LIFT-UP of Routt County feels the economic crunch |

LIFT-UP of Routt County feels the economic crunch

Margaret Hair

LIFT-UP of Routt County Food Bank volunteer Margay Coss assists a client Thursday afternoon. The food bank is experiencing strong demand.

— LIFT-UP of Routt County is preparing for maximum capacity.

In the past month, the organization has seen a spike in demand for its food bank, a surge of shoppers in its thrift store and a flood of requests for rental assistance, LIFT-UP Executive Director David Freseman said.

In September, the LIFT-UP Food Bank distributed 486 bags of food. In October, it distributed 835. Freseman said the increase is indicative of a local working population that has endured a slow off-season, layoffs and reduced scheduling.

“It’s just skyrocketed,” Freseman said about the demand for aid. “The food bank is open from 1 to 5 in the afternoons, and we’re often seeing a steady stream of people all afternoon, which is truly a new thing. We have had busy days before, but never like this.”

The food bank has handled the increased demand by using increased revenue from the LIFT-UP Thrift Store to purchase low-price groceries from Food Bank of the Rockies. Frequent local food drives also have helped keep the shelves stocked. Students at Colorado Mountain College have organized a drive scheduled for 9 a.m. to 4 p.m. Saturday and will trade free ski or snowboard tunes with the first 50 people to bring five or more nonperishable food items to Monson Hall.

“I really think that it’s important to get students involved in the community, and this is a step toward that,” CMC professor Bruce Beckum said. Two students in Beckum’s Interpersonal Communication class organized the drive, and students in CMC’s Ski Tuning II class will perform the tunes.

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Events such as the CMC benefit have kept the food bank reserves level, but funding for other LIFT-UP projects has dried up, Freseman said.

“We’re running out of money,” he said. “The need that LIFT-UP is having now and in the future is in funds to provide rental assistance.”

LIFT-UP uses a collection of grants and donations to provide as much as one month’s assistance to people who are having trouble paying for housing. Typically, four households will request that assistance in a two-week span. In the past two weeks, 14 households have made requests.

“Our assistance can often go between $300 and $800. Even if the average were $500, if you multiply that, you’re talking about a lot of money,” Freseman said.

The organization would need $7,000 to meet requests from the past two weeks.

“We don’t have that money in that fund,” Freseman said. “Not anywhere near it.”

Freseman said he wasn’t sure whether demand for food and other aid would increase in coming months, but he doesn’t anticipate a lag in that demand anytime soon. That might mean calling for more help from the community after holiday season food drives end.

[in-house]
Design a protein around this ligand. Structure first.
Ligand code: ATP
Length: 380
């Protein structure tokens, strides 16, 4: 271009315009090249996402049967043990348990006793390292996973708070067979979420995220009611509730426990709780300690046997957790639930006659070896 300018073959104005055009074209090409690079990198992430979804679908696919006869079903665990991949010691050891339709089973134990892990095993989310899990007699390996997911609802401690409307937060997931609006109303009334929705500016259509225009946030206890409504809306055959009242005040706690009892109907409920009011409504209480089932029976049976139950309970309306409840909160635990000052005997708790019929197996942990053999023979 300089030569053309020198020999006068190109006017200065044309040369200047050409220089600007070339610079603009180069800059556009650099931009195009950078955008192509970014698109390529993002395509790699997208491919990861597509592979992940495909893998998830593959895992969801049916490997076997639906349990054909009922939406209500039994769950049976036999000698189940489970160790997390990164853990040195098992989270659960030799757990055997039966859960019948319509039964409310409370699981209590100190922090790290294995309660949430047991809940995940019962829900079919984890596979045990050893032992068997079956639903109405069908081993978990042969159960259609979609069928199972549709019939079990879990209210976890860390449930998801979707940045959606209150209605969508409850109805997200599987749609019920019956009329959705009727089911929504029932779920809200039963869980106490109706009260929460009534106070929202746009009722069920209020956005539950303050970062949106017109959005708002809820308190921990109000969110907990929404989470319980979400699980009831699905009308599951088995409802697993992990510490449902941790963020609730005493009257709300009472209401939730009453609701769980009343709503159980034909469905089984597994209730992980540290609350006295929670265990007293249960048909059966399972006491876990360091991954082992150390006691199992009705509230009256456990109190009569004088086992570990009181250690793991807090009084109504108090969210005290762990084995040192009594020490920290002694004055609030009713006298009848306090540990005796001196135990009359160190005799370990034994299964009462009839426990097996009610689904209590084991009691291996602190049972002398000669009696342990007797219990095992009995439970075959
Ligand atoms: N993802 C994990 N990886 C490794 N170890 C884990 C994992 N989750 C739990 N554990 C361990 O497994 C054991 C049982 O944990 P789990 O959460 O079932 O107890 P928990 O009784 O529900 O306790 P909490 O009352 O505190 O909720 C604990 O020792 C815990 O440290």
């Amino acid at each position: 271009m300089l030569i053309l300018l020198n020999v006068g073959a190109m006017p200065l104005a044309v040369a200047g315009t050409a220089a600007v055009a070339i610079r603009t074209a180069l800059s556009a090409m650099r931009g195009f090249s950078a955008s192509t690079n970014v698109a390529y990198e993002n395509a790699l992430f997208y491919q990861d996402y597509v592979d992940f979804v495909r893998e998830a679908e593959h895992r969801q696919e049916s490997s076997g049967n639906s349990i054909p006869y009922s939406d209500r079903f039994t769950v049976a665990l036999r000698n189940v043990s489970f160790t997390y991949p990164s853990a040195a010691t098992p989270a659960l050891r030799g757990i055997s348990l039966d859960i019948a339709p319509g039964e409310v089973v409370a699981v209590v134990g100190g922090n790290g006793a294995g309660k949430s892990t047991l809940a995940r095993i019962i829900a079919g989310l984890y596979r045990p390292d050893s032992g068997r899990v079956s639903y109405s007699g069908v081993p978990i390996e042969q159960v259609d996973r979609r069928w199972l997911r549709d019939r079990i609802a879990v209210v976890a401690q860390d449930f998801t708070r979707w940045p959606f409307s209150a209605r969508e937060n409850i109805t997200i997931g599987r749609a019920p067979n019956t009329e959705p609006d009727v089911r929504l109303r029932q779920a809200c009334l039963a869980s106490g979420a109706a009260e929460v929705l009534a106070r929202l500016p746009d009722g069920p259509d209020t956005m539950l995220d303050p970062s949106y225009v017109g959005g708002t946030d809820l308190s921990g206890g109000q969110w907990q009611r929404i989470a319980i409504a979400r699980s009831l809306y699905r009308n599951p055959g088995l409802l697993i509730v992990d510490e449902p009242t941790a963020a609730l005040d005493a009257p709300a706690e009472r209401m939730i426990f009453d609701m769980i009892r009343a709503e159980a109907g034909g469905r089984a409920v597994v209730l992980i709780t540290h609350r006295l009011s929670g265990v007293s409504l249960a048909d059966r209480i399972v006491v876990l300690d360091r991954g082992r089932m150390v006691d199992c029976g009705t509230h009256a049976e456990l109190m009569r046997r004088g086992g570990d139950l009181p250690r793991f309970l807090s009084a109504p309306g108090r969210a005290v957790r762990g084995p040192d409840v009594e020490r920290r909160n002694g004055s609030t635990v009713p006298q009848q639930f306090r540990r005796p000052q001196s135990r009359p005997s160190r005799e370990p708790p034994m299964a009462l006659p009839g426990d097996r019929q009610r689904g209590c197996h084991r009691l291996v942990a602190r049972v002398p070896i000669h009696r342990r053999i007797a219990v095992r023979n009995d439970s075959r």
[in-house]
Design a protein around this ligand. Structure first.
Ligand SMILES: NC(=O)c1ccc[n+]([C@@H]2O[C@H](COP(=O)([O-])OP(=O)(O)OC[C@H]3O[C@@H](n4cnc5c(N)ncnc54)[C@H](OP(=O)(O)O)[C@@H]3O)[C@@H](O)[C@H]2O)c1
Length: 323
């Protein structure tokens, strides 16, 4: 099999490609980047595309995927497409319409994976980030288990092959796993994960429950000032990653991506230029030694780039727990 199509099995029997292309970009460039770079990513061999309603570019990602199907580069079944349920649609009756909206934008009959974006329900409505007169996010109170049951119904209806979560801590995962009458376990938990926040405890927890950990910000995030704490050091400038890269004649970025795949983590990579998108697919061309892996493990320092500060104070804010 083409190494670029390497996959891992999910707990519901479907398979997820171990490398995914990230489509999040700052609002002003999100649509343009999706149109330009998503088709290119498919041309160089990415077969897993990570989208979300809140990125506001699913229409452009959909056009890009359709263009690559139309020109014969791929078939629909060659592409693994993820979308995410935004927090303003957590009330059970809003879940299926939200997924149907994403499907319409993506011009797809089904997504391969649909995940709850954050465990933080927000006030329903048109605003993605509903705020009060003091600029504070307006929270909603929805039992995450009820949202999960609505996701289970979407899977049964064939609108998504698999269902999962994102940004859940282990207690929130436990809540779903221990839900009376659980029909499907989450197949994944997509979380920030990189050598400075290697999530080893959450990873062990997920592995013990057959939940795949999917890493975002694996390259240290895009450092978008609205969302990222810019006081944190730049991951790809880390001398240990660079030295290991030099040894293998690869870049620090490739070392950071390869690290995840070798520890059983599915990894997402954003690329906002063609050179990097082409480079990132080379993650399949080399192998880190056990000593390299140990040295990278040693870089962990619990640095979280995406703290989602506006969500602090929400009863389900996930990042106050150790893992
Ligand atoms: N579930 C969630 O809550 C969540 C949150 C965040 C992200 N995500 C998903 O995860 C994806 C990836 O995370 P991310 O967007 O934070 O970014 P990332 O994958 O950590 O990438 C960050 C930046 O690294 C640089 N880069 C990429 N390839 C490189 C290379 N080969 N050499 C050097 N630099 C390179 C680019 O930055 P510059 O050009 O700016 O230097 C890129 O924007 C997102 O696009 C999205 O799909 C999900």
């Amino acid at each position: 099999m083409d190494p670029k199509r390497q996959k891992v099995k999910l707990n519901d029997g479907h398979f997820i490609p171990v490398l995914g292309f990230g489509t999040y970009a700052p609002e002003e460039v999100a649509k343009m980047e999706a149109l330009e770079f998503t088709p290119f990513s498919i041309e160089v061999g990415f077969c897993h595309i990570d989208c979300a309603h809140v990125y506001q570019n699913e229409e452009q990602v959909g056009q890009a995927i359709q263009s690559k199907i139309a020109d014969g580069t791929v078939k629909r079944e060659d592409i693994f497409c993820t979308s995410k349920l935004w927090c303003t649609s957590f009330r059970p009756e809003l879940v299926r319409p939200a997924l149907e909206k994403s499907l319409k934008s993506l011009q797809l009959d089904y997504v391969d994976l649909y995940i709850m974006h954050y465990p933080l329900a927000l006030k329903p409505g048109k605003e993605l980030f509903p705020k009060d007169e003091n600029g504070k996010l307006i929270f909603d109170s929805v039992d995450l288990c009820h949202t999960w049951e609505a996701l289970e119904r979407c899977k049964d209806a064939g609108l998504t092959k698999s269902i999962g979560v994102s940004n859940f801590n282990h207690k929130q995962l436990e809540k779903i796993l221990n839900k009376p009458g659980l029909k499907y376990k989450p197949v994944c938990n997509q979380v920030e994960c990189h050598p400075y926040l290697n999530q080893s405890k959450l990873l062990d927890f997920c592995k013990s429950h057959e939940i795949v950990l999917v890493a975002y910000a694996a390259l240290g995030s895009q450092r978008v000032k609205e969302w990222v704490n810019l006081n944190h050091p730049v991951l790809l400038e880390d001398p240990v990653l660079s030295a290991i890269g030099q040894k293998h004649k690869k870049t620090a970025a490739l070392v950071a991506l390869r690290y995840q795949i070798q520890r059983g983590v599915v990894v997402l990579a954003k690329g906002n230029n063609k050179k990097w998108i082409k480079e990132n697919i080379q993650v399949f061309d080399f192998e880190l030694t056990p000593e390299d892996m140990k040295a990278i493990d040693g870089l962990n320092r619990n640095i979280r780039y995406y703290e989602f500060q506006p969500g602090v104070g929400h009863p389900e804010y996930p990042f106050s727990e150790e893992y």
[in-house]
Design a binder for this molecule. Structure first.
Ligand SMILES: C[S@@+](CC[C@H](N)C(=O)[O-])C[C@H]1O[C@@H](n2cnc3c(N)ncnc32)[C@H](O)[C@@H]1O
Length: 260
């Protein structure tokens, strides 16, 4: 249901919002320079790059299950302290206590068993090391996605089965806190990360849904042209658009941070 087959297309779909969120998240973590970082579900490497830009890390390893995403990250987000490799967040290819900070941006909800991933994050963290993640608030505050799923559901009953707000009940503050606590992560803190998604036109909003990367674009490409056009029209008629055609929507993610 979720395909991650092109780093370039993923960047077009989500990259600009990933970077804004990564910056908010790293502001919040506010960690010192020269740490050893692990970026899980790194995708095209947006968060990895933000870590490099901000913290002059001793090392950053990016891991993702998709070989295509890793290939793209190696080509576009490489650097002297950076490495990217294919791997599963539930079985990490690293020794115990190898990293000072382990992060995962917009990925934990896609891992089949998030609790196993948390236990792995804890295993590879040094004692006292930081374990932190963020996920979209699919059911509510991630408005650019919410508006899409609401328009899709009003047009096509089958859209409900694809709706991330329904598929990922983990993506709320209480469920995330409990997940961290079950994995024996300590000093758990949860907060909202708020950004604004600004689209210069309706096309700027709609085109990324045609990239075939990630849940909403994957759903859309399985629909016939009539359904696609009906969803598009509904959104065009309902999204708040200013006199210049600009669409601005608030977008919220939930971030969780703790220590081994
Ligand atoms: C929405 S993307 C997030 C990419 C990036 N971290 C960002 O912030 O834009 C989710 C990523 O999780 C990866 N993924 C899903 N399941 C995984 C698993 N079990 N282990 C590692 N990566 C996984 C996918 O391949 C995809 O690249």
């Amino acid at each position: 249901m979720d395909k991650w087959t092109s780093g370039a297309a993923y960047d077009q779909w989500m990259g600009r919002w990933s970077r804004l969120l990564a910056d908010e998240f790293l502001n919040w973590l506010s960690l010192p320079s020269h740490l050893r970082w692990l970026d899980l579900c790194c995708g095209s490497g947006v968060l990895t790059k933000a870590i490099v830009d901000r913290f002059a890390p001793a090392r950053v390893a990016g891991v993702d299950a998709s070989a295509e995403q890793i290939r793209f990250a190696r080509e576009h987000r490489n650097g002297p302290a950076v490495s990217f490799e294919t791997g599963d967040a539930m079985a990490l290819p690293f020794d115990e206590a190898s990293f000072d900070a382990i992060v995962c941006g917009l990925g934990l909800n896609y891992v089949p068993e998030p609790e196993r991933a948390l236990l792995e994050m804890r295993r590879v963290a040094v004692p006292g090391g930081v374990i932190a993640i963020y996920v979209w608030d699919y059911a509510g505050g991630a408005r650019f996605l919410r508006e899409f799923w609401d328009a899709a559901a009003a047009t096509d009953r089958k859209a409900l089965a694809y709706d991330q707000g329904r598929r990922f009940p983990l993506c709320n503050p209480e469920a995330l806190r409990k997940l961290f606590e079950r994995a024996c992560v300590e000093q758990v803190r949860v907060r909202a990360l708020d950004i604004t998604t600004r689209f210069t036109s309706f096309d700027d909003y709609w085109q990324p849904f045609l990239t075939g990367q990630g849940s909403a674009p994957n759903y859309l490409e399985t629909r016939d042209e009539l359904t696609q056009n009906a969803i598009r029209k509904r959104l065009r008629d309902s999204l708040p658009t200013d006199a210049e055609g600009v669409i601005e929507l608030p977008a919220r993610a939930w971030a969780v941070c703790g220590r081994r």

“It’s into next year that we’re going to have to call for more community food drives than we normally need at that time of year, because the budget for purchasing food, even though it’s increased dramatically, it may not be able to keep up,” Freseman said.

The LIFT-UP Donation Center is open from 10 a.m. to 3 p.m. Tuesday through Friday. Freseman said the organization’s most immediate need can be met with monetary donations directed to LIFT-UP’s housing needs fund. Call 870-0727 to help.

LIFT-UP fundraisers

Hayden Valley Elementary School children raised nearly $500 for the Hayden Food Bank by collecting pennies. The children collected the money the last week of October as part of Red Ribbon Week, which focuses on safety and drug awareness, para educator Tena Frentress said.

“We think they went home and raided any penny jar and sofa cushions they could find,” she said.

Mountain Valley Bank provided $200 for the week’s activities, and the students raised more than 100 pounds of pennies, amounting to $494.75. Educators related the fundraising back to drug awareness, Frentress said.

“We talked to the kids about how people’s lives were sometimes impacted by drug use,” she said. “We told them sometimes people need help. … The food bank is one place where people sometimes go to get help.”

To donate:

– The Steamboat Kids Community Service Club will collect donated children’s toys from 8:30 a.m. to 4 p.m. Saturday in front of Wal-Mart in Central Park Plaza. Ann Henderson, who helped organize the toy drive, said the group is looking for any suitable holiday gifts for children as old as 14. The toys will be distributed by LIFT-UP of Routt County in December. For more information, call Henderson at 846-6218.

– Colorado Mountain College students will collect nonperishable food items from 9 a.m. to 4 p.m. Saturday at CMC’s Monson Hall. The first 50 people to donate food will be offered a free wax, base grind or edge grind, performed by students in CMC’s Ski Tuning II class. All food donors will be entered in a raffle; prizes include free skis or a snowboard designed by CMC students and three free credit hours at CMC. For more information, call Bruce Beckum at 846-2869.

By the numbers:

Services provided by the LIFT-UP Food Bank

– 486 bags of food distributed in September; 835 bags distributed in October

– 307 people served in September; 559 people served in October

– 688 bags of food distributed in October 2007; 835 bags distributed in October 2008

– 408 people served in October 2007; 559 people served in October 2008

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